“Driving. It’s why I’ve got this job, office equipment maintenance. Spending most my days alone, stuck behind the wheel of a car. A kind of penitence I suppose. Forcing myself to relive the accident over and over again.” I chuckled, an unhealthy sound. “So you see, Sara, I’m on the run from demons as well. No one understands, no one can help. No one even wants to.”
“I do,” Sara said so quietly I could barely hear her.
Sign board, green-glowing and disembodied in our headlights. Seven miles to the M25. I was disappointed. I wanted the journey to last forever –
Ash was on the bonnet.
Crouching, cat-like. A fire-ruined face twisted into a feral snarl, rags of burnt flesh flapping in the slipstream. He glowed as if still burning. I was screaming, or perhaps it was Sara, or both of us. I didn’t know and couldn’t tell.
He touched the windscreen, pushed a taloned hand through the glass as though it was water, reaching for my face, my eyes. I was driving blind, right foot slammed flat onto the floor. Too fast. A car horn blared somewhere outside, angry yet distant. I was frozen, transfixed by Ash’s sharp, sharp claw…
Sara wrenched the steering wheel from my grip. The car swerved left. Ash fell backwards and almost toppled onto the road, ripping his hand back through the windscreen to claw and scrabble at the smooth surface of the bonnet. I saw the hard shoulder, trees, hedges, closing in on my left. I twisted the wheel to the right. Something burst from my blind spot. Another horn blared.
Left again. Nearside wheels juddering along the bank, branches raking the bonnet and pummeling the windscreen.
Back onto the carriageway. Still flat out. Still yelling and screaming.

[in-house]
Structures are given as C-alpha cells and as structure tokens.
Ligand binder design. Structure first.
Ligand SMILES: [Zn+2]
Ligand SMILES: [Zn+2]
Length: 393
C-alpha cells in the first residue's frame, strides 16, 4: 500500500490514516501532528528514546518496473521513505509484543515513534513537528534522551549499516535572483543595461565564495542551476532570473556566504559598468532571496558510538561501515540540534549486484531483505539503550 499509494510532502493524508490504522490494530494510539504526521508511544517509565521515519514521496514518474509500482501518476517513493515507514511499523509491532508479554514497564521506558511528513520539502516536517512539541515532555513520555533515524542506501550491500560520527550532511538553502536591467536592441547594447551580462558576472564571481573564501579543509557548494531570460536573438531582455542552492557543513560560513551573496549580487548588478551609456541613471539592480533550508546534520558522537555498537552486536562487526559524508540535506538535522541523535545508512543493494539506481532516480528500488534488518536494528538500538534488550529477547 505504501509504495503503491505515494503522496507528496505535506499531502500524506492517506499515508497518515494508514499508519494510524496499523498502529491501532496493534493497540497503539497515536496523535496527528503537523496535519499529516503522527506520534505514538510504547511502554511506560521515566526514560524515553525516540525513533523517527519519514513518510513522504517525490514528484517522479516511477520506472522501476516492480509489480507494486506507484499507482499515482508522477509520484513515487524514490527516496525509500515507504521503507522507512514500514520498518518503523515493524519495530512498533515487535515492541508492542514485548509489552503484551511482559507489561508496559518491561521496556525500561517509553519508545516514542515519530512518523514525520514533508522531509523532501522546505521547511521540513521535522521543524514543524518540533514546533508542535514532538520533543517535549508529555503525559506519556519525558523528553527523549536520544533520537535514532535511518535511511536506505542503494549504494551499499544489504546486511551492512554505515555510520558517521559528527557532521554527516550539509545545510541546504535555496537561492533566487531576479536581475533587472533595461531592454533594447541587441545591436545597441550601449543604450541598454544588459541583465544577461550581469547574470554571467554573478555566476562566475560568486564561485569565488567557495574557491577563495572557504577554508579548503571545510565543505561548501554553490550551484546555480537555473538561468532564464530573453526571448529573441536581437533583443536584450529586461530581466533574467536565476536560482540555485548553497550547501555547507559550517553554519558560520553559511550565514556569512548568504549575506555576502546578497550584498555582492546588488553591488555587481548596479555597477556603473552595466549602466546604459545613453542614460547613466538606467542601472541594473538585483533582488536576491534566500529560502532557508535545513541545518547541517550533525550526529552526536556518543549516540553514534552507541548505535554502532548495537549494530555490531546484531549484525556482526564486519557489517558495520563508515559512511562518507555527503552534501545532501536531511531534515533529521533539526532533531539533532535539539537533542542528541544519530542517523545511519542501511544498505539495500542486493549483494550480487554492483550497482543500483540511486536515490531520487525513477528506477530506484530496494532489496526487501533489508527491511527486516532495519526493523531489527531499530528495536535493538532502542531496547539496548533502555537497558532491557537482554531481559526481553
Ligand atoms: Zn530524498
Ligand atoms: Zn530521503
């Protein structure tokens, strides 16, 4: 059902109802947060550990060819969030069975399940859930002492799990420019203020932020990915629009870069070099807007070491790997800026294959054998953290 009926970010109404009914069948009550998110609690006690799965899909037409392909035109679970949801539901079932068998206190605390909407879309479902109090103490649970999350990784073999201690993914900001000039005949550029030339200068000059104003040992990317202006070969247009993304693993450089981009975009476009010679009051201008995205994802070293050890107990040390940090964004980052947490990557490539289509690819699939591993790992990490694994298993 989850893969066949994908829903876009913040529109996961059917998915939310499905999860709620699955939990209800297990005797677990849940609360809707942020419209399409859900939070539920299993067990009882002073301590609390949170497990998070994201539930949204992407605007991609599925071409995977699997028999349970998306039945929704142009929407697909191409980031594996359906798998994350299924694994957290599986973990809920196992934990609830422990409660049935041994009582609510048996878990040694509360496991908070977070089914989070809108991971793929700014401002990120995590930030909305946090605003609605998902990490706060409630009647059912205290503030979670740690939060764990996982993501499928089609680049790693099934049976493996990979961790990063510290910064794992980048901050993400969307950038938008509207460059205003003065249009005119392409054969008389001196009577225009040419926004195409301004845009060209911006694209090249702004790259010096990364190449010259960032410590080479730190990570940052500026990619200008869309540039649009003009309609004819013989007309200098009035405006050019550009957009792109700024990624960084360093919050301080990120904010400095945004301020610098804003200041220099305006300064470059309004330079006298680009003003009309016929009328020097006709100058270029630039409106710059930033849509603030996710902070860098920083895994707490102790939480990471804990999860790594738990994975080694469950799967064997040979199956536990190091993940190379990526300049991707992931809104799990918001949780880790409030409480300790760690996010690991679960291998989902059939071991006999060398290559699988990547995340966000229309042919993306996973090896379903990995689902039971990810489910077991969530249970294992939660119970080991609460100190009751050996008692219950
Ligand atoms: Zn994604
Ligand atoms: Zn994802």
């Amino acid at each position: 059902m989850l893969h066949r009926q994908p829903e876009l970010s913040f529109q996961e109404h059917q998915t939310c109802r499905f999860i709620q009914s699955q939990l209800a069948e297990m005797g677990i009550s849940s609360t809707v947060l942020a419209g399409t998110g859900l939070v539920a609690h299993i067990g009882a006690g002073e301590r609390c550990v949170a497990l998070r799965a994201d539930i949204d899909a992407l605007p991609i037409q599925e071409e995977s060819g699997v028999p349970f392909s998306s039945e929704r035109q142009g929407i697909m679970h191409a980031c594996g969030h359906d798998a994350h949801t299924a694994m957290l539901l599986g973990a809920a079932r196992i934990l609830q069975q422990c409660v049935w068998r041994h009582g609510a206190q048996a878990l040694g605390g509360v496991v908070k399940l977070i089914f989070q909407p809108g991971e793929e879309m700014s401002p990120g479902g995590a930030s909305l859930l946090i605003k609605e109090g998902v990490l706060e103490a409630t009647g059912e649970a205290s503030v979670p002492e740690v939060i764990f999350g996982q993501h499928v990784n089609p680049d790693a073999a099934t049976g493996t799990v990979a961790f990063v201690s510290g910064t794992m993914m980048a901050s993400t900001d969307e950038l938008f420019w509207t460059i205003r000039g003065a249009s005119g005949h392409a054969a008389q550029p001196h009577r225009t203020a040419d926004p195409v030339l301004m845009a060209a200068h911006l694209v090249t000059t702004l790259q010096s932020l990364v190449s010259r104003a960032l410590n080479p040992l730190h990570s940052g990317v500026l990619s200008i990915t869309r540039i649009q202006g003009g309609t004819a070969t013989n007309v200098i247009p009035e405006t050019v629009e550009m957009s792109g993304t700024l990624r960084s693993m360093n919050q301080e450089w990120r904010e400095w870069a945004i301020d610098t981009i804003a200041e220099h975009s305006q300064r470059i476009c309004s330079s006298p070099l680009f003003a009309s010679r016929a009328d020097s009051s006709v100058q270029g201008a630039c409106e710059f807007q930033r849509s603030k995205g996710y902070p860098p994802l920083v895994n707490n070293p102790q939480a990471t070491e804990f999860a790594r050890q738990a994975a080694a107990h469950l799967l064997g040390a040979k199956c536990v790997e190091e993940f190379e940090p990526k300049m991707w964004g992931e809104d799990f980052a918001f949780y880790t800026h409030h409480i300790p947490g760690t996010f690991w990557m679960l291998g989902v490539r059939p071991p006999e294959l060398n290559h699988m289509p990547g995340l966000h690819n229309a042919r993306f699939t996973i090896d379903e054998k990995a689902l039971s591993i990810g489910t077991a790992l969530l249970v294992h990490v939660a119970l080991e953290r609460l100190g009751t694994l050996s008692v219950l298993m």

Sara’s screams became words: “We have to stop.”
“No. No. Mustn’t stop. We’ve lost him. He’s gone – ”
“We have to stop you stupid bastard!”
I was stung into silence.
She calmed down, softened. “I’m sorry Mike, but we need a place, a room, so we can face him down, get rid of him. There are rituals. I copied them out of Leanne’s book.” She produced a crumpled piece of A4 from her coat pocket. “I could have tried before, but I’m too frightened to do this on my own.” A pause. “And it might make things worse.”
“How much worse?”
“Other…things have to be summoned to take Ash back.”
“Demons on demons,” I muttered. “Okay, we’ll stop.”
Her hand returned to my thigh. “I’ll pay you back for this, Mike. Whatever you want.”
“Just stay with me, Sara.”
She leaned across to kiss me.
We booked into the Brentwood Post House, nestled in the traffic-noisy armpit of the A12/M25 junction. Our room was pleasantly square, clean and anonymous.
I slumped gratefully onto the bed. Sara thrust a heavy marker pen into my hand. “Draw a pentagram. On the floor, in front of the door.”
“What?” Uncomprehending, confused.
“Christ, don’t you know anything?” Fear was sharpening her tongue. “A five-pointed star. Make it big enough for a person to stand in. And hurry, for God’s sake.”
I dropped to my knees and began scrawling a star on the light fawn, short-piled carpet. Vaguely I wondered what the cleaner would make of it in the morning. Then I wondered if there would be a morning. My gut squirmed and the shaking got worse. We were trapped. If this didn’t work, there would be nothing but claws and teeth. And those eyes, slowly ripping my soul apart…
Sara was reading from the sheet of paper she had shown me, muttering to herself; dark, bad words that were nonetheless strangely comforting. Dear God, let her get this right.
“Finished,” I struggled to my feet.
“Blood,” Sara muttered. “Need something sharp.”
I produced a penknife from my jacket pocket and cracked the good Boy Scout joke.
She smiled weakly, took the knife from my hand, then stepped across to the pentagram and with a sudden, decisive movement, sliced the blade across her left palm. Blood spattered onto the carpet.
She spoke: “Darkest of Dark. Lightest of Light, come unto me. Lucifer Bright-Angel, Prince of the Powers of the air, come unto me, Lord of Lies – ”